I was reading a wonderful article on Social Media Today today (not redundant because the name of the site is Social Media Today…sheesh) about how social media strategies are necessarily different for every company.

As a Social Media Strategist this isn’t really something new to me but I suspect that there are a lot of companies out there considering jumping into social media who do not have a crystal clear understanding of what is involved.

A company like Ford is going to have a dedicated team of professionals who scour the web and post relevant, useful information, contests, etc. These people sit at a desk all day and do nothing but social media for Ford. Top earners in large, US cities like San Francisco make around $90k/year. (or should according to Social Media Strategist salary surveys) Not a bad take for playing on the net all day.

Large, multi-national companies can afford this sort of saturation of social media. Their strategies are well-written and everyone in the company has to buy into the action plan. Going off-grid on a personal social media sites could mean someone loses their job. i.e. If you work for Ford and go on and on about your awesome new Volvo on your personal Facebook page chances are you’re going to get a more-than-stern talking to by HR and an ad in Craigslist to sell that car.

On the flip side, medium and smaller companies rely on their employees to engage in social media to build the brand. It’s these companies that require a finely tuned social media strategy. It’s so important that everyone is on the same page because the branding of the company becomes the face of the company. If even one of your faces is nasty and mean, no one will want to do business with you.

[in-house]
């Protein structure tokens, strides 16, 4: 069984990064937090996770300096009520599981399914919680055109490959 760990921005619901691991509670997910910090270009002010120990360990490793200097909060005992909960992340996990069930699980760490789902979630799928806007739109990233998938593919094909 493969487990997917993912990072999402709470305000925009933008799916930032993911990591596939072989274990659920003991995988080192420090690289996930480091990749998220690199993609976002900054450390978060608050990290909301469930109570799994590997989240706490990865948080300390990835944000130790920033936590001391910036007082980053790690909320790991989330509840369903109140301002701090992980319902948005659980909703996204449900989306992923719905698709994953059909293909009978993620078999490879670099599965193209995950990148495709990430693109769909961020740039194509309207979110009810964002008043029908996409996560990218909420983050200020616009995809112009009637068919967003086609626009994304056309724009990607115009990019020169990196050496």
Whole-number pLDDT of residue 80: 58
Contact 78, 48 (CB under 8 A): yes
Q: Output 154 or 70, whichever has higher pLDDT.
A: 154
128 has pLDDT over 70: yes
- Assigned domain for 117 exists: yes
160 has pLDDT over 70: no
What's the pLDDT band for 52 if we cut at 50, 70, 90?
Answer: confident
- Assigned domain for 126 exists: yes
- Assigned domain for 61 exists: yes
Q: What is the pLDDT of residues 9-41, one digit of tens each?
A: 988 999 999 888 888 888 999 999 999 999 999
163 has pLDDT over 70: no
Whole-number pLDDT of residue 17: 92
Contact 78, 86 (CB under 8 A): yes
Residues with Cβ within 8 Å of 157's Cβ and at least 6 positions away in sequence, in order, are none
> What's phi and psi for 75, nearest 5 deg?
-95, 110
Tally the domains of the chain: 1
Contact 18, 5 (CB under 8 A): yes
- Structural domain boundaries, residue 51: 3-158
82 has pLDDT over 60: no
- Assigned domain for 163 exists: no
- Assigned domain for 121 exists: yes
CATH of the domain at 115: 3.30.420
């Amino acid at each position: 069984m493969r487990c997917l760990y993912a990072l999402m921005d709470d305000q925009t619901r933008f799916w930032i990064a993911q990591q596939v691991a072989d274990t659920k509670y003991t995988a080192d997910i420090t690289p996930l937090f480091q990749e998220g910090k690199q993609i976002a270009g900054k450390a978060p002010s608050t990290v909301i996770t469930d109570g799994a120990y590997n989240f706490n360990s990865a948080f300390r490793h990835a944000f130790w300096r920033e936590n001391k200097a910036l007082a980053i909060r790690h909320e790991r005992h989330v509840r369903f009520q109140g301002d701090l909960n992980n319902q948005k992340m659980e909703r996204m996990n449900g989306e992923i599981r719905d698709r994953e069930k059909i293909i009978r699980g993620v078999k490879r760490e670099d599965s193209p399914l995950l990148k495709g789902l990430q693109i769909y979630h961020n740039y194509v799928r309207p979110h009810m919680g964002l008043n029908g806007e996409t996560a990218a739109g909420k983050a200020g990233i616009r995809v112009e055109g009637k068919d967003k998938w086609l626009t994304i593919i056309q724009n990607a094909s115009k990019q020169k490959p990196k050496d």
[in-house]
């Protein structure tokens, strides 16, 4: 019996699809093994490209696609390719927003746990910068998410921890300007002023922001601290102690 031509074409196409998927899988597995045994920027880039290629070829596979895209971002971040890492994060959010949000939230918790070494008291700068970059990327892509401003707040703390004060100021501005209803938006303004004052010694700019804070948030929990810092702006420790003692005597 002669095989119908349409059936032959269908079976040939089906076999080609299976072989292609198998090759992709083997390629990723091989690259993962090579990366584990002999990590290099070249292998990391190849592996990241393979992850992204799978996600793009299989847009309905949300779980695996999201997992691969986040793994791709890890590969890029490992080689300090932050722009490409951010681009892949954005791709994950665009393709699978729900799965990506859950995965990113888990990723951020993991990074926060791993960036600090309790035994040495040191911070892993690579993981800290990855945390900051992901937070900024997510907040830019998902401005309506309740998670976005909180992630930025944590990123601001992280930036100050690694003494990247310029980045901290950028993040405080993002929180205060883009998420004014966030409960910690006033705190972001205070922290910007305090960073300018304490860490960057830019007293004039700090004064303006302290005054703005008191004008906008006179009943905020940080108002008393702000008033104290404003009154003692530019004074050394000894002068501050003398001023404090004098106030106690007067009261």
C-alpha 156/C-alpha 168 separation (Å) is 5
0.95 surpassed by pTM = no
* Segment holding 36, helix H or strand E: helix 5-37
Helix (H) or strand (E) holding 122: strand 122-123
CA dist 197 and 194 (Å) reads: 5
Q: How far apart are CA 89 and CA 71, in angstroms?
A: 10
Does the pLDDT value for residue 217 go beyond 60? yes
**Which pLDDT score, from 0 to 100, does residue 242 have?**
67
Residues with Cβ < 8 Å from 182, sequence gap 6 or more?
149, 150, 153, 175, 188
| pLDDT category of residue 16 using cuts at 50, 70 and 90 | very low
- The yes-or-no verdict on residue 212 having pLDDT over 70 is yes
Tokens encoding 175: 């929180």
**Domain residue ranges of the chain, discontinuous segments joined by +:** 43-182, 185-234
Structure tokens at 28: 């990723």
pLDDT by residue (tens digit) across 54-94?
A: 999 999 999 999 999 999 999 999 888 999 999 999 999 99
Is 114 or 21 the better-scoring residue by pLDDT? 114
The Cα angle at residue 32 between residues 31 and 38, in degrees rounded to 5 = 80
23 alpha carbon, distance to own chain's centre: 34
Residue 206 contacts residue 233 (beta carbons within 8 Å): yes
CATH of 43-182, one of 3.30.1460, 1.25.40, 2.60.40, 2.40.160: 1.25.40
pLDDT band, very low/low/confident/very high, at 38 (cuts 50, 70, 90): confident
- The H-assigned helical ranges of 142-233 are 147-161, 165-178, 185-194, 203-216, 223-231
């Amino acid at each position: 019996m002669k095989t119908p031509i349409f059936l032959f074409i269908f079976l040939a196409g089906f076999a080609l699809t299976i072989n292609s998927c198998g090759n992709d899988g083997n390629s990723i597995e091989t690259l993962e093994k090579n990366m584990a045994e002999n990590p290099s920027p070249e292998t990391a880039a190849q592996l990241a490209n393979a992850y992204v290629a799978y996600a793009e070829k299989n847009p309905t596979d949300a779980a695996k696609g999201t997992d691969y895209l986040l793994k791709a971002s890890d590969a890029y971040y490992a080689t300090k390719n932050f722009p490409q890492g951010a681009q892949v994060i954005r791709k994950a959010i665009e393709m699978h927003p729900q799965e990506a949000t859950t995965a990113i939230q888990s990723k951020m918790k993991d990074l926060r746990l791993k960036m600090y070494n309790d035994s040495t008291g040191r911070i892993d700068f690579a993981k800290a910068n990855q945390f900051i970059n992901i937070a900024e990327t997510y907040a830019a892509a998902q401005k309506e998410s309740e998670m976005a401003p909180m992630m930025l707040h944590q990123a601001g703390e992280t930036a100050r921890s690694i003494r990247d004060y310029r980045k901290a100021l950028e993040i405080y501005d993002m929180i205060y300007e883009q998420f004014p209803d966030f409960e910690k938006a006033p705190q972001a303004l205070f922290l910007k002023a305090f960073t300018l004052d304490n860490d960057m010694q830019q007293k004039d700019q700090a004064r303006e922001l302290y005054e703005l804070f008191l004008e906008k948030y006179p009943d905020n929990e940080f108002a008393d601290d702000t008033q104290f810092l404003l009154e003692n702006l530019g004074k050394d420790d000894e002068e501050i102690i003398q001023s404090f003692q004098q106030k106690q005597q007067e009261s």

These smaller companies have to remember that 1 negative or even flippant comment is worth 10 positive ones to the consumer. It really only takes one person saying your company is crappola to send doubt shooting through all your customers heads.

So, how do you avoid ruining your brand when its out there for everyone to comment on and discuss?


Even if you’re considering, as a small – medium sized company, adding a social media manager to the team, you need to have some serious professional help in developing the road map that manager must follow and promote to the rest of the staff.

Unless you’re willing to shell out $100k/year for someone to create the strategy and administer your social media, you need to get a pro on task BEFORE you jump in.

Written by jax